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Timothy W. A. Vogel, Alexander O. Vortmeyer, Irina A. Lubensky, Youn-Soo Lee, Makoto Furuta, Barbara Ikejiri, H. Jeffrey Kim, Russell R. Lonser, Edward H. Oldfield, and Zhengping Zhuang

Object. Von Hippel—Lindau (VHL) disease is characterized by multiple tumors in specific organs. The cell of origin and the reason for the particular organ distribution of the tumors remains unknown. Endolymphatic sac tumor (ELST) is one of the lesions associated with VHL disease. Data from previous studies of VHL disease—associated hemangioblastomas (HBs) and renal cell carcinomas (RCCs) have indicated that VHL gene deficiency causes coexpression of erythropoietin (Epo) and its receptor (Epo-R), which facilitates tumor growth.

Methods. The authors studied ELSTs from five patients with VHL germline mutations. Analysis of the five ELST samples revealed loss of the wild-type allele, consistent with Knudson's two-hit hypothesis for tumorigenesis. All five ELST specimens were characterized microscopically and by immunohistochemical analysis. Coexpression of Epo and Epo-R was found in all five tumors on immunohistochemical studies and confirmed through reverse transcription—polymerase chain reaction and Western blot analysis.

Conclusions. Expression of Epo appears to be a result of VHL gene deficiency, whereas the simultaneous coexpression of Epo-R may reflect a developmental mechanism of tumorigenesis. Coexpression of Epo and Epo-R in ELSTs together with the morphological and genetic similarities of these lesions with other VHL disease—associated tumors indicates that VHL disease—associated tumors in different organs share common pathogenetic pathways.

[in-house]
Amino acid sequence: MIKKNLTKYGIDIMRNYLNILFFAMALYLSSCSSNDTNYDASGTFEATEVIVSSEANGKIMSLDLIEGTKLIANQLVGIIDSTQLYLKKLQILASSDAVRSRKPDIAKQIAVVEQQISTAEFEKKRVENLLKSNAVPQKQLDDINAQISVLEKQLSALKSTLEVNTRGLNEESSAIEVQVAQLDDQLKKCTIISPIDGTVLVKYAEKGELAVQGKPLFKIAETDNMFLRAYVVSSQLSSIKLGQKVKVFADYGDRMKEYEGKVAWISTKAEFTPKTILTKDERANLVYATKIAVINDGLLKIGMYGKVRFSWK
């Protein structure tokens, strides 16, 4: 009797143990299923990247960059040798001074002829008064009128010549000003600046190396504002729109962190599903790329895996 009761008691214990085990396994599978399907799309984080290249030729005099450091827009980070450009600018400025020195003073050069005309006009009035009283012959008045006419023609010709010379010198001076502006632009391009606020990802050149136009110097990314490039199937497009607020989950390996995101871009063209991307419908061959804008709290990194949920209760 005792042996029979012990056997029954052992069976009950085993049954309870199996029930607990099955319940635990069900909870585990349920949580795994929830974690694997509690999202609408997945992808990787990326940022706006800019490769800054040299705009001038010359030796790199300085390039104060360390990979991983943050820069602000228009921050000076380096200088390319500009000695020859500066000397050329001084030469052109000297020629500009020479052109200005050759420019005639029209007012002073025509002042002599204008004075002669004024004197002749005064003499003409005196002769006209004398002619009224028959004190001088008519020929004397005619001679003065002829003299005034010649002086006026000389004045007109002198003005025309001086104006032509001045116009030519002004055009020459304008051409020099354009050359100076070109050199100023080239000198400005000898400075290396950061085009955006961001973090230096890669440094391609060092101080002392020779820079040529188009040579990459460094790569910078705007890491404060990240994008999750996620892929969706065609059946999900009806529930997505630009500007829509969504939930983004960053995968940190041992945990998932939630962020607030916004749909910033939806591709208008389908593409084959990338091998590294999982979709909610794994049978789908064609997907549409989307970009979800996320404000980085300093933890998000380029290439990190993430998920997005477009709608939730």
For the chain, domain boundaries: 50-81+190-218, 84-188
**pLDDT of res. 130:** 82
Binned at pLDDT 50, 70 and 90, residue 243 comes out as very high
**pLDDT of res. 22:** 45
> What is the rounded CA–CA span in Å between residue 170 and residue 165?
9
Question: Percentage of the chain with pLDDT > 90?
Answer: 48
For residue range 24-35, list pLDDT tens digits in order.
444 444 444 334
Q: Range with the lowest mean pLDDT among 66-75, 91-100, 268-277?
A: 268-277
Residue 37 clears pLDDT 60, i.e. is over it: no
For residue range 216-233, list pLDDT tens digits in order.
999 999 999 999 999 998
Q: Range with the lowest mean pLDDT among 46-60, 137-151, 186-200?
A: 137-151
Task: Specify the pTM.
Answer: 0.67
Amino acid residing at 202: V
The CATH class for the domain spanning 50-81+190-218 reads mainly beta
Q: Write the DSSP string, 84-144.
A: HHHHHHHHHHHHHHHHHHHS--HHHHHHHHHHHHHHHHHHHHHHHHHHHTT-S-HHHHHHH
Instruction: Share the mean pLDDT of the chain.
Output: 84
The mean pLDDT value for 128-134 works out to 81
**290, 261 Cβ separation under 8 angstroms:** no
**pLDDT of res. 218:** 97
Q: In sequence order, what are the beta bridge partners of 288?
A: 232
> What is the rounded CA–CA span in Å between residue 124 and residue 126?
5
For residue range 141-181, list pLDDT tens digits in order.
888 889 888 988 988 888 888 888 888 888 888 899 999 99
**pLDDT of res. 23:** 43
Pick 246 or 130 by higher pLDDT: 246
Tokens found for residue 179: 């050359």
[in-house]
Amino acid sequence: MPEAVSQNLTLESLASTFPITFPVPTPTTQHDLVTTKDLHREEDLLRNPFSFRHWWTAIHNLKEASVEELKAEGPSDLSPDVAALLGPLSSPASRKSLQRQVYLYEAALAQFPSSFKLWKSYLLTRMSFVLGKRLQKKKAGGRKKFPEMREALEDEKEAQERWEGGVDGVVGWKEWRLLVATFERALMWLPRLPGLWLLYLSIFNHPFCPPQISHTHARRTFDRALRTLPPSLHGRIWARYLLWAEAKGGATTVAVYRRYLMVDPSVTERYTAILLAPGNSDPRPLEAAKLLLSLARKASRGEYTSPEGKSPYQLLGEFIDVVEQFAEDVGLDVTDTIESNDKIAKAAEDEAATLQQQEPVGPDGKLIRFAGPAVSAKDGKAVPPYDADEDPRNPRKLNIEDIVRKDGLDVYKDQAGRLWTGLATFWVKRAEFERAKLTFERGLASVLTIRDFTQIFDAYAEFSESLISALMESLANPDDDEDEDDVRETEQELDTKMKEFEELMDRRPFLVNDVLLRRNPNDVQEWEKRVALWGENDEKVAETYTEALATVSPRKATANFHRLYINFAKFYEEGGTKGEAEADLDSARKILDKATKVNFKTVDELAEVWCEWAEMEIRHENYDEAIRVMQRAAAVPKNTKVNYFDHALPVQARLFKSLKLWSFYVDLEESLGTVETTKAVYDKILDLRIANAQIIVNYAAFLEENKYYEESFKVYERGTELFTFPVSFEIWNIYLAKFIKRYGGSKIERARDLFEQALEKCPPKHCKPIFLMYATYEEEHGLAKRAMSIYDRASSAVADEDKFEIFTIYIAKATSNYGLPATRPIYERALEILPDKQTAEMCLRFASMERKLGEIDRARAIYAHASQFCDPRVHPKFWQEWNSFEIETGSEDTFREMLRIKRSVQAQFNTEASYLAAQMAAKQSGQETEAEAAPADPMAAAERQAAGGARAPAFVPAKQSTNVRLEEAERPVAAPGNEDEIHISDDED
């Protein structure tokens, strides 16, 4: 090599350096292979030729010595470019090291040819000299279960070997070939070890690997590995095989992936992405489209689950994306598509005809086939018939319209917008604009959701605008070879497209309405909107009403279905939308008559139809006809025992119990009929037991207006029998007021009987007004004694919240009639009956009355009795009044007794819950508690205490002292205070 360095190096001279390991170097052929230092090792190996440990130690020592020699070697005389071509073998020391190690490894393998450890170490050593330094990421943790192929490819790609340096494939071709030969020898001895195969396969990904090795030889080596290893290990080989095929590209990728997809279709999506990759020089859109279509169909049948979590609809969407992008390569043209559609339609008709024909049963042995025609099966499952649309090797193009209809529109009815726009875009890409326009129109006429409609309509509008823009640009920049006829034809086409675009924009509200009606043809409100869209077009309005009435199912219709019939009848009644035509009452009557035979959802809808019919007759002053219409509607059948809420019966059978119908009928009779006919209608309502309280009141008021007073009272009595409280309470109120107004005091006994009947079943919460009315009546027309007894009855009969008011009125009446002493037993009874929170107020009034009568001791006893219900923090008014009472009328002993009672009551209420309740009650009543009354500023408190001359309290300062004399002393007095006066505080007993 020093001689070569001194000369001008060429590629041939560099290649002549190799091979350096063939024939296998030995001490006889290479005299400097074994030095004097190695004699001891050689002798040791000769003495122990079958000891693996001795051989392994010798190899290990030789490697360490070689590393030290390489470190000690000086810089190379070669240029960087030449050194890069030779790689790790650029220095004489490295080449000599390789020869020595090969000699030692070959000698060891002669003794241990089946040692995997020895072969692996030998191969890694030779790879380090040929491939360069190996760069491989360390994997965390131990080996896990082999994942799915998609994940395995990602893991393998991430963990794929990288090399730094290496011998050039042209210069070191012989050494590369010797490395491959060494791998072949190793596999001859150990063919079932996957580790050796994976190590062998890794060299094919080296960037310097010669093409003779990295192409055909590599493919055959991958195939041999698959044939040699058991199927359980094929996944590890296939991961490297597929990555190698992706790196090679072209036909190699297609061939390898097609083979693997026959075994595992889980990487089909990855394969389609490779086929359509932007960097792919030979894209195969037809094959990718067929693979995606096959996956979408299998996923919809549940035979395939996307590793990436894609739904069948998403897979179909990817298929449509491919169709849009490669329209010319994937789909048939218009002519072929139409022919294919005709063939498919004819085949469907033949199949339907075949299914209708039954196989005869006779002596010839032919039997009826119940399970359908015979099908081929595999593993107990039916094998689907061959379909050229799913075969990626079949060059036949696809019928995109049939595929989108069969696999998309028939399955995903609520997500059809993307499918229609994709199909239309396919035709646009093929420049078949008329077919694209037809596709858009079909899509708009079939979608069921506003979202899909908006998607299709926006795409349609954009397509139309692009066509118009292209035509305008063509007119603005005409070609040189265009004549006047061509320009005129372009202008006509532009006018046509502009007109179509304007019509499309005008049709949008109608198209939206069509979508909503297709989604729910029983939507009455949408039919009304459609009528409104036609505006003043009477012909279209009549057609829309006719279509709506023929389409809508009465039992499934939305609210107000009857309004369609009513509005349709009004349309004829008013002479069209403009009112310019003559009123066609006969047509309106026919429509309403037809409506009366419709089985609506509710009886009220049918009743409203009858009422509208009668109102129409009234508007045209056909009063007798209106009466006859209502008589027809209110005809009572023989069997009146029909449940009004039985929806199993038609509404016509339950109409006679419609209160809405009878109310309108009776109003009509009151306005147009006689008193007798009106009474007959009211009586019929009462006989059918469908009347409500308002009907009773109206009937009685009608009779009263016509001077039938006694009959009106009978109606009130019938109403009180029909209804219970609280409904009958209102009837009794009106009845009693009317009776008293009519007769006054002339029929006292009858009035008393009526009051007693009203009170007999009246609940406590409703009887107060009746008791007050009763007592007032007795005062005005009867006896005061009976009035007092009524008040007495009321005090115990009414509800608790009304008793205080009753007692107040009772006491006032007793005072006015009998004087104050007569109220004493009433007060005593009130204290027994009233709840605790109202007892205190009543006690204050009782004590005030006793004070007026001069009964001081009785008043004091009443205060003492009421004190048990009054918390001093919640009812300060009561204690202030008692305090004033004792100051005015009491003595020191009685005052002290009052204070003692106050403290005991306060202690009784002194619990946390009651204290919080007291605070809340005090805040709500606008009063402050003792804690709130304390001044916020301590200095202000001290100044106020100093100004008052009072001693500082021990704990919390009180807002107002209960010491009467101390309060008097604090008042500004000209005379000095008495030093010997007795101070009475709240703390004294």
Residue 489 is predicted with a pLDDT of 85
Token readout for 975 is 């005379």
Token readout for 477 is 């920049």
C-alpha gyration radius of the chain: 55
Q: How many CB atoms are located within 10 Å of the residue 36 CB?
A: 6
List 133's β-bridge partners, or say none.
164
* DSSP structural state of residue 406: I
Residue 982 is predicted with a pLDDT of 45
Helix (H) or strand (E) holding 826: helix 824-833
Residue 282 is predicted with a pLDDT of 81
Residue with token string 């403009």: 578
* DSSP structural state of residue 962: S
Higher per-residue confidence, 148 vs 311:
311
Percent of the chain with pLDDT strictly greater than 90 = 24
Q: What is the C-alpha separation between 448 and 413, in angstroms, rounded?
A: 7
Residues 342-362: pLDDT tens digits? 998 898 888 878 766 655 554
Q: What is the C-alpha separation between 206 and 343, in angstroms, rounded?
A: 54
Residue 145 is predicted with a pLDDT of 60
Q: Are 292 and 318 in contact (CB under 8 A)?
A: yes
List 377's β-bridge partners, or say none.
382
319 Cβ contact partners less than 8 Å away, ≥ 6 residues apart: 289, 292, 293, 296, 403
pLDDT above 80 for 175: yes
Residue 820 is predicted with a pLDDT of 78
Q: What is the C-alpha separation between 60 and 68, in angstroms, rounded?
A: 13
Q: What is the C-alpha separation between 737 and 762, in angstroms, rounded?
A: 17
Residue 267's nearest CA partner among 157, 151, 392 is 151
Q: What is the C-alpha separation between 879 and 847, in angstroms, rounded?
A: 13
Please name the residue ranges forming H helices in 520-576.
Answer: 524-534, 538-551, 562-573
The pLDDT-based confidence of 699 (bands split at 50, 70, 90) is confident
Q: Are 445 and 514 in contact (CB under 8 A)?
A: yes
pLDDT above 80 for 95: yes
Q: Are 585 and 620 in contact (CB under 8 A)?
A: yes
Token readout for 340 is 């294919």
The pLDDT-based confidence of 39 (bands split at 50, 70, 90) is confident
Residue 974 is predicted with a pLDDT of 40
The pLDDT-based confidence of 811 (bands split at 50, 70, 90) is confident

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Jie Lu, Zhengping Zhuang, Debbie K. Song, Gautam U. Mehta, Barbara Ikejiri, Harry Mushlin, Deric M. Park, and Russell R. Lonser


Nuclear receptor corepressor (N-CoR) forms a complex that maintains neural stem cells in an undifferentiated state through transcriptional repression. Recently, it has been shown that N-CoR is overexpressed in glioblastoma multiforme (GBM) tumor stem cells and has a putative role in maintaining these cells in an undifferentiated immortal state. To determine the effects of disruption of N-CoR complex function by serine/threonine protein phosphatase 2A (PP2A) inhibition on GBM tumor cell differentiation and proliferation, the authors developed and investigated a competitive small molecule inhibitor (LB1) of PP2A in GBM.


The authors investigated the effects of LB1 on GBM proliferation and molecular differentiation pathways using in vitro and in vivo studies.


The LB1 inhibited PP2A, leading to increased levels of phosphorylated Akt kinase and decreased NCoR expression, as well as dose-dependent antiproliferative activity in cultured U87 and U251 malignant glioma cells (dose range 1–10 μM). Systemic LB1 treatment (1.5 mg/kg/day for 21 days) had significant tumor antiproliferative effects in mice harboring U87 glioma xenografts (73% mean reduction in tumor volume compared with controls; p < 0.001). Moreover, a reduction in PP2A expression and activity after LB1 treatment in vivo correlated with increased Akt phosphorylation, reduced nuclear N-CoR expression and N-CoR cytoplasmic translocation, and increased accumulation of acetylated core histones, which coincided with the appearance of glial fibrillary acidic protein–expressing tumor cells.


These findings indicate that PP2A inhibition effectively disrupts N-CoR complex function/expression and leads to cytoplasmic translocation of N-CoR with subsequent tumor cell differentiation and/or death. Therapeutic paradigms that target N-CoR function in the cancer stem cell component of malignant gliomas may have treatment utility.